Benin Political System

Benin has some peculiarities: the kingdom of Danhomé was an important player in the transatlantic slave trade, in the military there were women’s regiments, the legendary Amazons. Independence in 1960 was followed by one coup after another, from 1974 to 1990 the era of Marxism-Leninism. A stable democracy has developed since then.

Independence Day: 08/01/1960

Head of state: Patrice Talon

Head of government: Patrice Talon

Political system: Presidential Democracy

Democracy Status Index (BTI): Rank 21 of 137 (2020)

Corruption Index (CPI): Rank 80 of 180 (2019)

Ibrahim Index of African Governance: Rank 13 of 54 (2020)

Form of government

According to commit4fitness, Benin is a republic and has a parliamentary presidential system with popular sovereignty, free and secret elections and party pluralism. Many elements and institutions are borrowed from the French presidential system. President Patrice Talon, who has been in office since April 6, 2016, is both head of state and head of government.

Constitution, separation of powers and state structure

The new constitution developed as a result of the National Conference and announced on December 11, 1990 is considered a compromise between the American and French constitution and establishes the Republic of Benin as a parliamentary presidential system with popular sovereignty, free and secret elections, party pluralism, rule of law and separation of powers. At the same time, the President, who is elected for five years (with the option of re-election), is constitutionally endowed with extensive powers. For example, he has the right, with the approval of the constitutional court, to dissolve parliament and to govern with ordinances for a limited time. The President is head of state, head of government and commander in chief of the armed forces. The president appoints (and dismisses) the government, which must be ratified by parliament. The members of the government may not be members of parliament at the same time. Therefore, parliamentary elections often lead to cabinet reshuffles when active members of the government have been elected to parliament.

According to the constitution does not provide for a prime minister, but there was a prime minister from May 2011 to August 2013, whose office remained vacant after a cabinet reshuffle in August 2013. After the parliamentary elections, President Boni Yayi arranged for a cabinet reshuffle and on June 18, 2015, the new government also presented a new prime minister, the Franco-Beninese Lionel Zinsou, whose term of office ended on April 6, 2016. In the new government of Patrice Talon, there is no prime minister.

The president has the right to initiate laws and referendums. His veto can postpone the entry into force of laws that have already been passed by parliament. For several years, President Boni Yayi tried to introduce a constitutional amendment law, which was prevented by his critics. Legal texts can be found on the website of the US Law Library of Congress. The new President Patrice Talon proposed a number of reforms, including limiting the presidential mandate to a single term of seven years, and instructed a commission to review the constitution for the reforms that were to come.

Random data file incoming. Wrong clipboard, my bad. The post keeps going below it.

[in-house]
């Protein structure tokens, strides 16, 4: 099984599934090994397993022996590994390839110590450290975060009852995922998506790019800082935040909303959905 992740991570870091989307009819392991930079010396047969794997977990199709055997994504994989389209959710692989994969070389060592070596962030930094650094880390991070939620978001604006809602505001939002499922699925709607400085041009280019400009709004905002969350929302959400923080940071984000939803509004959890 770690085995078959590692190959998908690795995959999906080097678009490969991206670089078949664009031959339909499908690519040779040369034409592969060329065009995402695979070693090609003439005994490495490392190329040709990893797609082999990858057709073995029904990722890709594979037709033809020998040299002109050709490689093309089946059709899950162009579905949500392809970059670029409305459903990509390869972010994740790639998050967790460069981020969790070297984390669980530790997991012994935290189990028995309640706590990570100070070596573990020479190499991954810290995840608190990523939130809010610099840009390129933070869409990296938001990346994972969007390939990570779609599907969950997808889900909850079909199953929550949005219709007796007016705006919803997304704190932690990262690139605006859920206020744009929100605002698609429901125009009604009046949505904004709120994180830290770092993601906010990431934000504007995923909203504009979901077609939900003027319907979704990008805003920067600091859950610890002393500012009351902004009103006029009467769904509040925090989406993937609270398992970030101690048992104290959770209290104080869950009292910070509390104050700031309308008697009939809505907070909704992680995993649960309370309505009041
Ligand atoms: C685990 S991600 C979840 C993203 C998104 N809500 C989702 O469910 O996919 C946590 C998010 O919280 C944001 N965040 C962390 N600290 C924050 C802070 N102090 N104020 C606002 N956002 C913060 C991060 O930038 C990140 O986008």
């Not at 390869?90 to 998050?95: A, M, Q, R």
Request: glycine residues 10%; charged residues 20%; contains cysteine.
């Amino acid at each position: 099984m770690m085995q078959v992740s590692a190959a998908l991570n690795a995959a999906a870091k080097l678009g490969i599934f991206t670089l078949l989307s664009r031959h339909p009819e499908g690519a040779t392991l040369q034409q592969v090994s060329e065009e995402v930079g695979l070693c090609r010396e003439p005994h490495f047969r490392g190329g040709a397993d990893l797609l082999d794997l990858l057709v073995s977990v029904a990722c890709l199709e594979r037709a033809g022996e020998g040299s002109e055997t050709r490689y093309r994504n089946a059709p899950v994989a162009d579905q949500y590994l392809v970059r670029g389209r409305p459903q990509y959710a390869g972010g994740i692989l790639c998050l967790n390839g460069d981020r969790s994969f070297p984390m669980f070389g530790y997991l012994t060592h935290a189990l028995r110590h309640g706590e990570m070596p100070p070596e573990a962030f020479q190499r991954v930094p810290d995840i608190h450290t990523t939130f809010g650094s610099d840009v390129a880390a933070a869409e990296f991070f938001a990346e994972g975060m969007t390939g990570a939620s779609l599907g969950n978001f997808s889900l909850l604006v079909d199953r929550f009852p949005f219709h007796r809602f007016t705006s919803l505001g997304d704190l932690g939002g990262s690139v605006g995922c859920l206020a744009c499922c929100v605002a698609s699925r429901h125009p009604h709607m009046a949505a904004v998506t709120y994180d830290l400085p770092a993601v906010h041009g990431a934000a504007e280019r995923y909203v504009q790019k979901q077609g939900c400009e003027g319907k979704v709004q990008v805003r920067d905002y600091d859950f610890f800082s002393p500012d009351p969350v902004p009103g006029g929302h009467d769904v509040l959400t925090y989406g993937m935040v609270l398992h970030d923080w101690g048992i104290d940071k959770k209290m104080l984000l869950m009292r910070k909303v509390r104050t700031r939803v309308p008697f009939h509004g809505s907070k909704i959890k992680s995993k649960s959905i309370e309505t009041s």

The legislative body is the Assemblée Nationale, a one-chamber parliament with 83 members, whose members are directly elected for four years. The last election took place on April 26, 2015, the next election is scheduled for April 28, 2019.

Flag of Benin

Formal state structure and decentralization

Since 2002, Benin has been divided into departments, communes and arrondissements. The départements are the regional representations of the central state, while the communes are independent regional authorities. The first local election since 1990 took place in December 2002. The lowest level of the territorial structure is formed by the villages or districts.

The decentralization process also harbors potential for conflict. Lack of financial resources and the unwillingness of central government institutions to surrender power caused unrest. The KFW development bank, which supported the process of decentralization, draws a rather positive balance. The new administration of President Talon presented a plan for decentralization and deconcentration, which, however, did not meet with universal approval.

Law, order and security

The independent legal system guaranteed in the constitution is largely based on the French system (Code Civile / Napoléon) and some traditional African customary laws. In rural regions there can also be cases of vigilante justice and legal pluralism, as is described in a case study from Northern Benin. But thieves were also victims of vigilante justice in some cities. In addition to the Constitutional Court, important organs of the judiciary are the Supreme Court and the High Court of Justice. The constitutional court ruled on November 20, 2014 against a revision of the constitution, which the incumbent president third mandate. The Supreme Court is the highest judicial authority in all matters of public and private law, while the High Court is responsible for criminal offenses committed by the president or minister in the course of their duties. As in France, the security organs in Benin were divided into the police of the interior ministry and the gendarmerie of the defense ministry. Shortly after his inauguration, President Talon had the chiefs of the police and gendarmerie replaced. On January 1, 2018, the “Police Nationale” and the “Gendarmerie Nationale” merged to form the “Police Républicaine du Bénin”.